Everything else about your character is more or less standardized. Hit die (d6 in this case), skill points, Feats (similar to those special abilities/advantages/edges found in other game systems), etc.
I was surprised to see that CofC uses Hit points instead of the Wounds/Vitality system. I just assumed Wounds & Vitality would be used. Not a big deal to me either way. Another thing that surprised me is the inclusion of Psychic Feats. If you want to play in the "traditional" CoC style, I say leave them out of your campaign but if you want to mix things up a little or maybe use the rules for more "generic horror" gaming, then you may find some of them to your liking.
As for Feats, all the usual favorites from D&D 3rd Edition are here, along with a few new ones. Ditto for skills (many of the new ones will be familiar to players of the original CoC).
One thing to note however: a quick look through the Feats section clearly betrays CofC's D&D lineage. Many of them are combat related, and in fact players new to Mythos gaming may get the idea that CofC is meant to be played as an action-horror game. Of course that's a perfectly valid approach if you like it, although many veteran CoC players will no doubt balk at such heresy.
Following all the character creation material is a chapter devoted to Sanity and disorders. As previous reviews have mentioned, the Sanity system is lifted more or less intact from the Chaosium version. I consider this a good thing, as I've always been fond of CoC's Sanity rules. The material on psychological disorders was good and provides useful information for GMs and players, although I remember the sanity section in my Chaosium 5.5 rulebook being much more extensive.
Next up we have combat, which should be familiar to players of 3rd edition D&D, although it seems to be a little more streamlined (I don't recall seeing Attacks of Opportunity mentioned for example, and they don't push the use of miniatures). Love it or hate it, it's the D&D combat system. If you like one, you'll like the other. For those unfamiliar to d20 combat, you roll a d20, add your base attack bonus (based on your level), and either your Strength or Dexterity bonus (for melee, and ranged combat respectively). You need to roll equal or better than your target's Armor Class in order to hit.
Yes, you do gain hit points as you gain levels. However this is offest by the fact that anytime you take 10 or more points of damage you must make a Fortitude saving throw or die. I would have instead preferred to have no hit point gain as you go up in levels instead of the massive damage rule, but when you take into consideration the fact that most "traditional style" campaigns will be very low level, it isn't too bad.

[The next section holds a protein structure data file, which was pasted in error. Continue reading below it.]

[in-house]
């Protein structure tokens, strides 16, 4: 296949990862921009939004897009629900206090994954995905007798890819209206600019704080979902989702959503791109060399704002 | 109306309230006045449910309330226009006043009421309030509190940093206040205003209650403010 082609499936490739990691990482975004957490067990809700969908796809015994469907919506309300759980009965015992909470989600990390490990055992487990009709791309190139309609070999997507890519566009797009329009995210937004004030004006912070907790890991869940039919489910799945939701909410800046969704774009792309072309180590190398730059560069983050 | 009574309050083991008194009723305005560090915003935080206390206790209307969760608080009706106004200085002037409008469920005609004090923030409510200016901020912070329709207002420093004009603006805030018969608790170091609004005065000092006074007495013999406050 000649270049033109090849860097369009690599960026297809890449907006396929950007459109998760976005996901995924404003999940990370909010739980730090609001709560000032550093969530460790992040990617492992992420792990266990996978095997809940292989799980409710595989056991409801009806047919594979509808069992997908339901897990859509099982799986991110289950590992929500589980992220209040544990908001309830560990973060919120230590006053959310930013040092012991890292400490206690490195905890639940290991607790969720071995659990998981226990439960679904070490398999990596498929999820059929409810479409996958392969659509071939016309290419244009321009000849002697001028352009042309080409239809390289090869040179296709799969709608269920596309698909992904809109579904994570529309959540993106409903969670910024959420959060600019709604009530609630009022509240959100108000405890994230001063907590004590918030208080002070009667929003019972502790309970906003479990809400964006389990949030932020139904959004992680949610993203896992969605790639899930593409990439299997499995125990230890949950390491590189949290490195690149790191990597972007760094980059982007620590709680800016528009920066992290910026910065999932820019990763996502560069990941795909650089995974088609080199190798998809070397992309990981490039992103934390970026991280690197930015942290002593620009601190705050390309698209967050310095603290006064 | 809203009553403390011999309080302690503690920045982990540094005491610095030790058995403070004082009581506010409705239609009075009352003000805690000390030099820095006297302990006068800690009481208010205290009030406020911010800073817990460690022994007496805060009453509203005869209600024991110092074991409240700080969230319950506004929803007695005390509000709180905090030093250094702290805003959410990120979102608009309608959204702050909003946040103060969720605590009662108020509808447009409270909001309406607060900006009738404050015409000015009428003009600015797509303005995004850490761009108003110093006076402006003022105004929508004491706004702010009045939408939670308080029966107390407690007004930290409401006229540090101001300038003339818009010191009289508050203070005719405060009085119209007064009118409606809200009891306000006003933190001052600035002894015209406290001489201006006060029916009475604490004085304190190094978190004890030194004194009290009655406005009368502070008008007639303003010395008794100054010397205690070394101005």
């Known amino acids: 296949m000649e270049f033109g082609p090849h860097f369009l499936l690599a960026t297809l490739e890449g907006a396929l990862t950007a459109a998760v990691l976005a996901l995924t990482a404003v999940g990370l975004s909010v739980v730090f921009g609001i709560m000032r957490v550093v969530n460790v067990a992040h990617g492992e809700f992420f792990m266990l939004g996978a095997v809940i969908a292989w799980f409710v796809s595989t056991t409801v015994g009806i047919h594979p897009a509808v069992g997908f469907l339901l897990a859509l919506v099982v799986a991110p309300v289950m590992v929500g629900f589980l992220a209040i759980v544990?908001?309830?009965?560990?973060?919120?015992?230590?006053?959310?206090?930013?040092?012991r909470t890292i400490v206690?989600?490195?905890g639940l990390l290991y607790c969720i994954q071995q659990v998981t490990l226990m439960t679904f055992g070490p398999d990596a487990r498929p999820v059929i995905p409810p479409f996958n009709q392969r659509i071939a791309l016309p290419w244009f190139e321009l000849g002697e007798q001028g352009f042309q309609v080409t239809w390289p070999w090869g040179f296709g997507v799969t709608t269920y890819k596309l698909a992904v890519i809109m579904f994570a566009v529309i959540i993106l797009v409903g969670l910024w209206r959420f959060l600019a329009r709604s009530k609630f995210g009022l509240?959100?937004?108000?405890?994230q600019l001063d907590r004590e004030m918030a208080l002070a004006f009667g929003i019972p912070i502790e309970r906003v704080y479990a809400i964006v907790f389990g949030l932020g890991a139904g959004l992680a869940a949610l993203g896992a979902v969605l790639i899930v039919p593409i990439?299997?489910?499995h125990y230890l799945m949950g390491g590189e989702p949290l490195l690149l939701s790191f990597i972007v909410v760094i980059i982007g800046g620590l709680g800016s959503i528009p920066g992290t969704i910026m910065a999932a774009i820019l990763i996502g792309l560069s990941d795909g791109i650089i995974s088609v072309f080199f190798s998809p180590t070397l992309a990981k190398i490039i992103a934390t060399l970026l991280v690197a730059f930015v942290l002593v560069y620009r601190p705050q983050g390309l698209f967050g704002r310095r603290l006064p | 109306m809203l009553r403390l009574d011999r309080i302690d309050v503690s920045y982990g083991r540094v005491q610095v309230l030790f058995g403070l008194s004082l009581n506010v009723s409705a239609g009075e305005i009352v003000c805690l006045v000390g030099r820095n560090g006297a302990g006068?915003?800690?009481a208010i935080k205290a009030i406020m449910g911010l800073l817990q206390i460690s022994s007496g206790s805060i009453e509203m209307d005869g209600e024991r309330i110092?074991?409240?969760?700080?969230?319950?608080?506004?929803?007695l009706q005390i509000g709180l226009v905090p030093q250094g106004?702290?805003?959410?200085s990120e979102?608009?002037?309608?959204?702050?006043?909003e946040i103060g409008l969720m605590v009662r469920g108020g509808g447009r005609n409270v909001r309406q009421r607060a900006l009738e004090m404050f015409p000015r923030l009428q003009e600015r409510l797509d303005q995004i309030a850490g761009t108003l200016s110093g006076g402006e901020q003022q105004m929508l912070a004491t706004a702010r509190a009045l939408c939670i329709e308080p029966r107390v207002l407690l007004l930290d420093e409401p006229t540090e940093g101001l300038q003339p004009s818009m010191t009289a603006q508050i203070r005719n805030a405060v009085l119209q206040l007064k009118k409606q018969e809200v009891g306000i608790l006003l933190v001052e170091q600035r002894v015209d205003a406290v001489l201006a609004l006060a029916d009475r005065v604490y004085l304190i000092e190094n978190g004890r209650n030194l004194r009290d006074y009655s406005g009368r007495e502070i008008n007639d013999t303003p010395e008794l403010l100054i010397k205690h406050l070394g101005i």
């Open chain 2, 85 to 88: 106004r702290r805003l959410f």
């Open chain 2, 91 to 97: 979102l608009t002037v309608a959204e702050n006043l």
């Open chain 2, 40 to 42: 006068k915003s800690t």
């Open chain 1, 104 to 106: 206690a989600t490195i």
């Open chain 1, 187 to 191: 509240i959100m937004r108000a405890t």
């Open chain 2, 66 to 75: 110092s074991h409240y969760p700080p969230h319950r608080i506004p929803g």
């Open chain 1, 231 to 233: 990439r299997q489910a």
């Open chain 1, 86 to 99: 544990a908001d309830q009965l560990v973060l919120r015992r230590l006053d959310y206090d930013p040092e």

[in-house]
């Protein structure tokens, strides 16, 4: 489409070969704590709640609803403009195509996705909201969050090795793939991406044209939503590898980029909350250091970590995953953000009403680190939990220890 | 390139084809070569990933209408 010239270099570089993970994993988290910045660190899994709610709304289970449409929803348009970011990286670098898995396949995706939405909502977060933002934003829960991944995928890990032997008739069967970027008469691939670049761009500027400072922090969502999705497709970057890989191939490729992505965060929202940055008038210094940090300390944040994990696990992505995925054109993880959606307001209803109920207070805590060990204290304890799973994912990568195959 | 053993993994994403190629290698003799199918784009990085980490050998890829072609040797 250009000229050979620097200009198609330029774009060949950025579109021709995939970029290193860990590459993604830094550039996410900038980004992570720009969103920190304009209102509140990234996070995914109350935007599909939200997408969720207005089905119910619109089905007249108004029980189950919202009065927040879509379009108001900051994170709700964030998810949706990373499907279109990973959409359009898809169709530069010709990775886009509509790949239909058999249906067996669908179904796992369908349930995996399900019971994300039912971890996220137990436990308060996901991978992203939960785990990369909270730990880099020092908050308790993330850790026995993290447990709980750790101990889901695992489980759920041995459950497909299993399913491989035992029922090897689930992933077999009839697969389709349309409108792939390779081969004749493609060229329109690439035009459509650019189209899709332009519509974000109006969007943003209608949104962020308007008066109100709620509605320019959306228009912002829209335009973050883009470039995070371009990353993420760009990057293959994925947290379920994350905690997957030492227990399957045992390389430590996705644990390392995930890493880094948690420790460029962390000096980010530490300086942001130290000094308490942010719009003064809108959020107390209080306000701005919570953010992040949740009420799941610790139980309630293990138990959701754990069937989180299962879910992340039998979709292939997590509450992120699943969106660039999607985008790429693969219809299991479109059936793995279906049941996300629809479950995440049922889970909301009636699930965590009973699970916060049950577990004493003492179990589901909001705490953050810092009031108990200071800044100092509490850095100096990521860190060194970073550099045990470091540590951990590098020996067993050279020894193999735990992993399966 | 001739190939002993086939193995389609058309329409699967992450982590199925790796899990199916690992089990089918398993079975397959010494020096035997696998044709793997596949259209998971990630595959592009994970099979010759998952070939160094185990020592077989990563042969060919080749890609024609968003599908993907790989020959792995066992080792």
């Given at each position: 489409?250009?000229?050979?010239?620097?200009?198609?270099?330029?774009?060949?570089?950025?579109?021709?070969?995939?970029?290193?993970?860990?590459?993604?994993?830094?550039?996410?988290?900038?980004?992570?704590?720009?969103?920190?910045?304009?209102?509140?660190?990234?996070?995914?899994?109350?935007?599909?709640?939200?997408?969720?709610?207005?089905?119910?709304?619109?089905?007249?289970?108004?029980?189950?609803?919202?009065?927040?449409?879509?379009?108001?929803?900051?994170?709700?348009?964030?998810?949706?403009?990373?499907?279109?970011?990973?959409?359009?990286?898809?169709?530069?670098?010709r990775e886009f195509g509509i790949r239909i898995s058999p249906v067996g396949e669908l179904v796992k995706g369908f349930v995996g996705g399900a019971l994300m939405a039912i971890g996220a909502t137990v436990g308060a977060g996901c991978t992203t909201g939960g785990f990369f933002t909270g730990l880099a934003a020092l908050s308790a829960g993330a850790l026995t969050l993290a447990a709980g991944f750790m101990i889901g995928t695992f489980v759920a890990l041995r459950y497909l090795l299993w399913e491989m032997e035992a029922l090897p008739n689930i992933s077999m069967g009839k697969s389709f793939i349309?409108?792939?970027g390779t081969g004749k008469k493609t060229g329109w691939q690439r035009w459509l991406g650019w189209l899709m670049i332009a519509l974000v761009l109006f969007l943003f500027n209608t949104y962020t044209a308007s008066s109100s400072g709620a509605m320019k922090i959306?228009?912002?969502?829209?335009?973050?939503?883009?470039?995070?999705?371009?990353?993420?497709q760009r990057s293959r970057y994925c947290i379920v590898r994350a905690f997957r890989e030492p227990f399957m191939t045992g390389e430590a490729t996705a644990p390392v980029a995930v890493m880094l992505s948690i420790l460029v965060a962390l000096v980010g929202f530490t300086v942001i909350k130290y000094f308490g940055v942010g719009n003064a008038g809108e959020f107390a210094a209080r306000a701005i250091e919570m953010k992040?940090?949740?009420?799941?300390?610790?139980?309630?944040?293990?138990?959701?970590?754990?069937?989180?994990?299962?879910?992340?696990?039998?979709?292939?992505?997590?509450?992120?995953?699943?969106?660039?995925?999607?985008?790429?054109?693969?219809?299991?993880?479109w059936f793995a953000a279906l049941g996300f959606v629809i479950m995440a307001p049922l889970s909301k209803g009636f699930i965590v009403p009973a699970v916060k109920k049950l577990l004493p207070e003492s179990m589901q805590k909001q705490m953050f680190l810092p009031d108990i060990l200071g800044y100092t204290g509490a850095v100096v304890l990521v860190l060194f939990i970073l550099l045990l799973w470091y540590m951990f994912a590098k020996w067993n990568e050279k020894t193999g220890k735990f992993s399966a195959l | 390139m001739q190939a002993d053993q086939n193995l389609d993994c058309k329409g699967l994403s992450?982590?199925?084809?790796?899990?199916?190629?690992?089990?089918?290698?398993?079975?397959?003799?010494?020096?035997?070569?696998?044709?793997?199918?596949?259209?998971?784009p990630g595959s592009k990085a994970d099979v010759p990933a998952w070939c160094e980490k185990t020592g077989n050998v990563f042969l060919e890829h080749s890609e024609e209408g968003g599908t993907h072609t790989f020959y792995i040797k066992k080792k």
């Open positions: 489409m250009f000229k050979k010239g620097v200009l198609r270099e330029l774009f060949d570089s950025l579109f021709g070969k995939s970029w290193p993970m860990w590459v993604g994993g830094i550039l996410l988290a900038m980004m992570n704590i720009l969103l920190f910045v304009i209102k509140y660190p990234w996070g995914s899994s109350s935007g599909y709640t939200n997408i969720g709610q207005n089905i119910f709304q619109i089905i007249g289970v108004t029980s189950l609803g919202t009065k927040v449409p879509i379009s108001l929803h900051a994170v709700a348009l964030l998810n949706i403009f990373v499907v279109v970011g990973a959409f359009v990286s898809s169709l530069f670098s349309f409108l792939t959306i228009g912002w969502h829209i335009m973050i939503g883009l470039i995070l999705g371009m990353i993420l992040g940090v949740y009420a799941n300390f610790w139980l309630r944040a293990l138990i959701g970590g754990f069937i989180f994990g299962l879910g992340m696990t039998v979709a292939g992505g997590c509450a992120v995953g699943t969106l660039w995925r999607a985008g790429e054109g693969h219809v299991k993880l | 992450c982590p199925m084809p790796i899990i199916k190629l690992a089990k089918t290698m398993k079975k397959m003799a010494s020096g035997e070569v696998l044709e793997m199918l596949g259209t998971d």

If you have never played D&D 3rd edition, then suffice it to say that the combat system offers you quite a few options when the bullets start flying. Cover, surprise, initiative, and everything else you expect from any decent combat system are all included. It has been said that if you're resorting to combat in Call of Cthulhu, you're already in trouble. For the most part, that does hold true in the d20 version as well, as many mythos entities are frighteningly powerful.
The section on equipment is serviceable but no very much a no frills sort of deal. Weapons are covered in fairly impressive detail (once again reinforcing the action-horror approach for new Mythos gamers), while everything else is limited to a price list (for both modern day and 1920's). Granted, you don't really need a page long description of a camera, but a short blurb for some of the more exotic items might have been nice, especially for items that were common in the 20's but unfamiliar to modern gamers.
One of the big questions in my mind was magic. How would it be handled? Thankfully they did not use the D&D system of spell casting as some gamers no doubt feared. Rather than having magic points ala Classic CoC, spells in the d20 version drain Ability points. This is in addition to losing Sanity points (just like classic CoC). Casting spells requires you to open your mind to alien ways of thinking and perceiving and the human mind is ill equipped to deal with the repercussions.
As a result, you learn to be prudent in the use of spells. Either that, or you quickly go insane and roll up a new Investigator. The temporary loss of Ability points rather than using a spell point system is arguably a better way to make players more judicious in the application of spell usage. I haven't yet decided whether it's a change for the better or worse.
A section on books and artifacts is also included. As in classic CoC, reading through those sanity blasting tomes are a hoot and a half. In addition to Sanity loss, you also gain ranks in your Cthulhu Mythos skill. Having a high Mythos skill is a double edged sword. You may be able to call on extensive knowledge about creatures of the Mythos, which may help to thwart them. But that very same knowledge will slowly drive you mad. In game terms, the higher your Cthulhu Mythos skill, the lower your maximum Sanity points can be. Once learned, that blasphemous knowledge cannot be unlearned and you are never quite the same.